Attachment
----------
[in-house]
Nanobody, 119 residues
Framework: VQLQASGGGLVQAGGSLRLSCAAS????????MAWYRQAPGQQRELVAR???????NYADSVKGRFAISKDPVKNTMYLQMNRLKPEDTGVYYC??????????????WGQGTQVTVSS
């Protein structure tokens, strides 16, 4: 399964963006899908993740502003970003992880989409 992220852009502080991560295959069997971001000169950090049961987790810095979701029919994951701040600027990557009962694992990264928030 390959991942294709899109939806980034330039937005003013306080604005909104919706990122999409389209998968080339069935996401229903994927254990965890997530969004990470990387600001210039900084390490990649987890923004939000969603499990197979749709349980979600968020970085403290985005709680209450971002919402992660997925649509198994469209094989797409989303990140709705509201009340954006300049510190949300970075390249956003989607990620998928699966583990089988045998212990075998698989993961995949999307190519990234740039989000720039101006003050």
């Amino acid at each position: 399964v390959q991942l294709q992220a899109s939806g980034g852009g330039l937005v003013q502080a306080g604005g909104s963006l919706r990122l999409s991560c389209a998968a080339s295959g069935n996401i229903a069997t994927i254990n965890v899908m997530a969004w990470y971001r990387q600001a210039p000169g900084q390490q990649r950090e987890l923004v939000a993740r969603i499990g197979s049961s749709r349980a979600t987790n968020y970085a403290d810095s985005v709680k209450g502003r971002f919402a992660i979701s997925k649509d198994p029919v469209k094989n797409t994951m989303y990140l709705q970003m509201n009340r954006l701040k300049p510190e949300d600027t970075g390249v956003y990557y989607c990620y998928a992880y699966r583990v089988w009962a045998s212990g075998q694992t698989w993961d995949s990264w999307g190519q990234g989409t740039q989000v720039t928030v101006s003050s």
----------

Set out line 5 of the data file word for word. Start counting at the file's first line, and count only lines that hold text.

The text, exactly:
């Amino acid at each position: 399964v390959q991942l294709q992220a899109s939806g980034g852009g330039l937005v003013q502080a306080g604005g909104s963006l919706r990122l999409s991560c389209a998968a080339s295959g069935n996401i229903a069997t994927i254990n965890v899908m997530a969004w990470y971001r990387q600001a210039p000169g900084q390490q990649r950090e987890l923004v939000a993740r969603i499990g197979s049961s749709r349980a979600t987790n968020y970085a403290d810095s985005v709680k209450g502003r971002f919402a992660i979701s997925k649509d198994p029919v469209k094989n797409t994951m989303y990140l709705q970003m509201n009340r954006l701040k300049p510190e949300d600027t970075g390249v956003y990557y989607c990620y998928a992880y699966r583990v089988w009962a045998s212990g075998q694992t698989w993961d995949s990264w999307g190519q990234g989409t740039q989000v720039t928030v101006s003050s």